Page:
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Live Monk from 1968 is a genuine find, a delight from start to finish / Kind Of Jazz

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Sometimes these previously unreleased, newly discovered albums turn out to be something of a disappointment; lots of hype over a recording session or concert that was probably left in the vault for good reason. That's not the case here. Palo Alto, a live recording from October 1968, captures Thelonious Monk's quarter with tenor saxophonist Charlie Rouse on a really good night. or in this case, a really good afternoon.

The concert was planned by a sixteen year-old schoolboy named Danny Scher, who arranged to invite Monk to play at his high school with the noble aim of promoting racial equality and raising money for his school. The concert very nearly failed to take place. There were concerns that Monk would never show, and tickets sales were slow at first. There was also a last-minute scramble to arrange transportation for the band, who had another gig to go to that evening.

No matter. Monk appeared, and so did the crowds. At 47 minutes, it's a short set, but the band are on fire, and there's a warmth and vibrancy to the playing throughout. The album opens with a delightful version of Monk's romantic Ruby My Dear, with Rouse on fine form, delivering a lyrical solo. There's a rousing version of Well You Needn't, which is quite superb. Note the fine support from Monk as Rouse solos, before the pianist takes over. There's a lengthy bowed bass solo by Larry Gales, who sings along as he solos, Jarrett-style, before drummer Ben Riley comes in with a lively solo of his own. Don't Blame Me by Jimmy McHugh features Monk alone, and even the out-of-tune piano cannot detract from the enjoyment.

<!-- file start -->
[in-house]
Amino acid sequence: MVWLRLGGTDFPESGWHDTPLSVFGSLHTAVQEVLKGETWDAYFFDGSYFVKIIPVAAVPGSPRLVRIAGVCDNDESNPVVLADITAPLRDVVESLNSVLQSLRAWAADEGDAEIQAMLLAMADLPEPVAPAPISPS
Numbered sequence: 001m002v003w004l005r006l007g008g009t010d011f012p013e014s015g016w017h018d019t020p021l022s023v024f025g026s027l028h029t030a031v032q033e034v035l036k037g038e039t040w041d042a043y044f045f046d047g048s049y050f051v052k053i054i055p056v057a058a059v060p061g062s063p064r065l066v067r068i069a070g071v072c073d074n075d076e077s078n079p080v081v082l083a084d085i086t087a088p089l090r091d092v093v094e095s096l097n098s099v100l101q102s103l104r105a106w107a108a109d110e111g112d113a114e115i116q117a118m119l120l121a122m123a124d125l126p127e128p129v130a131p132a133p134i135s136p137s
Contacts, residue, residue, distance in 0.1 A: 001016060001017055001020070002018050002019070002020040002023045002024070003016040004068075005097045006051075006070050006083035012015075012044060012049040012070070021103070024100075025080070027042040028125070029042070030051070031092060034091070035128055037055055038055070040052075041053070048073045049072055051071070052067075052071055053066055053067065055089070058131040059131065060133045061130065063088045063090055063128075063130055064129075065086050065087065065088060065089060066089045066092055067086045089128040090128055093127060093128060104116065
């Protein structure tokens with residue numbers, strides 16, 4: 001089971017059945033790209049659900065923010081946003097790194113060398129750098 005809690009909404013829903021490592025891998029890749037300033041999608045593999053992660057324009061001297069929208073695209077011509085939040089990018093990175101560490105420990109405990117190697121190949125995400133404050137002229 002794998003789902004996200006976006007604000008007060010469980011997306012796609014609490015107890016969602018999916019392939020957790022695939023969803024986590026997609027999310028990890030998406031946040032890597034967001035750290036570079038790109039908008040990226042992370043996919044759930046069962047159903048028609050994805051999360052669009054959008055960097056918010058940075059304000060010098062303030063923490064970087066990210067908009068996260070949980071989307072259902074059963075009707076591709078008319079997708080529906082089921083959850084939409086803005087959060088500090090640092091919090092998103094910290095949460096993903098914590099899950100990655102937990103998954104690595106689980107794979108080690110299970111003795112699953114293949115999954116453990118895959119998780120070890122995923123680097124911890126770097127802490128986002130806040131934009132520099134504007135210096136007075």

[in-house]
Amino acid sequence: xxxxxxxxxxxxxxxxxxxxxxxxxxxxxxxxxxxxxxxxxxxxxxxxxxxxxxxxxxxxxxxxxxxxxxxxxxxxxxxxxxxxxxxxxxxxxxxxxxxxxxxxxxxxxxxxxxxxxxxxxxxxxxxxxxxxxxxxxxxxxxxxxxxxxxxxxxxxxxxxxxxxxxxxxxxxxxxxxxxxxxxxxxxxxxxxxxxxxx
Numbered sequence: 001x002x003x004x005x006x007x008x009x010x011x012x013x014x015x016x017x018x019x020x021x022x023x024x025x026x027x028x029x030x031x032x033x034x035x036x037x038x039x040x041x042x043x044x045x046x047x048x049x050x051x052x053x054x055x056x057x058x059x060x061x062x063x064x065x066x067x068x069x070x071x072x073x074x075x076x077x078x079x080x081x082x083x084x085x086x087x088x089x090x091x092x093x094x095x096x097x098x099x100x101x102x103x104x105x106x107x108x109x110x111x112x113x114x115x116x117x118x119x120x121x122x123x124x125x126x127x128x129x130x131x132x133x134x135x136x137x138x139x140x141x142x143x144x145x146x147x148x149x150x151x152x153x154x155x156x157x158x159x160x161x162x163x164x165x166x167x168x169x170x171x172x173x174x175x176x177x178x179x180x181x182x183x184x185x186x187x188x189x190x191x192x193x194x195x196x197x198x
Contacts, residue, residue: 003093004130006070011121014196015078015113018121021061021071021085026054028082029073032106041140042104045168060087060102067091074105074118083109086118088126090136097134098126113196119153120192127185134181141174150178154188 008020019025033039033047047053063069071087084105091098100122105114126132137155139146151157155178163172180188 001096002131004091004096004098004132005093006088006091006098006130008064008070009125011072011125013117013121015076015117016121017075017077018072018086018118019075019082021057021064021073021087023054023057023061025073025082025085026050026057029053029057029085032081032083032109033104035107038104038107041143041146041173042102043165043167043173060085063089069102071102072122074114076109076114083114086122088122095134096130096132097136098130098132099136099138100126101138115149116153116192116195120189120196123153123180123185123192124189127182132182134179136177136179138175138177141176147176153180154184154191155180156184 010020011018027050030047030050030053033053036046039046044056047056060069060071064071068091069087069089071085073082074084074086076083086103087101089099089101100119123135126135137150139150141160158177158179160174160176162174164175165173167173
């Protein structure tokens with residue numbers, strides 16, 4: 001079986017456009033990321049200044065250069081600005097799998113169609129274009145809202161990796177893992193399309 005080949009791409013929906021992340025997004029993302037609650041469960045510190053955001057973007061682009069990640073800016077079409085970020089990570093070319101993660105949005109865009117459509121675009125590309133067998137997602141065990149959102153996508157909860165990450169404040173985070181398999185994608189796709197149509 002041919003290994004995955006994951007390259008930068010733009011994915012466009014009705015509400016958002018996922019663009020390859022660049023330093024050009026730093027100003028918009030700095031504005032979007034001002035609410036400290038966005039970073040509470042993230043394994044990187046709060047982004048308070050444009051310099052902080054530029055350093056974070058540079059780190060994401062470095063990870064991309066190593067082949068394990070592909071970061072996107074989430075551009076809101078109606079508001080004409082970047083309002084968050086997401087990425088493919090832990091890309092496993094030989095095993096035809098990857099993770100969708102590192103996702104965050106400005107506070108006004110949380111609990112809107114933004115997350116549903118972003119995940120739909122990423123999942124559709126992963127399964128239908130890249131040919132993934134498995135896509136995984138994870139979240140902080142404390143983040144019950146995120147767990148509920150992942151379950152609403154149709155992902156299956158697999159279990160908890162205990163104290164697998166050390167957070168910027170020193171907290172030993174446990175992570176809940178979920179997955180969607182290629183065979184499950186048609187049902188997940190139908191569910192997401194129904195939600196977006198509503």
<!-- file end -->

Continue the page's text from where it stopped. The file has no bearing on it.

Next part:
After a delay of a few weeks, the album will be released on Impulse! on September 18th.

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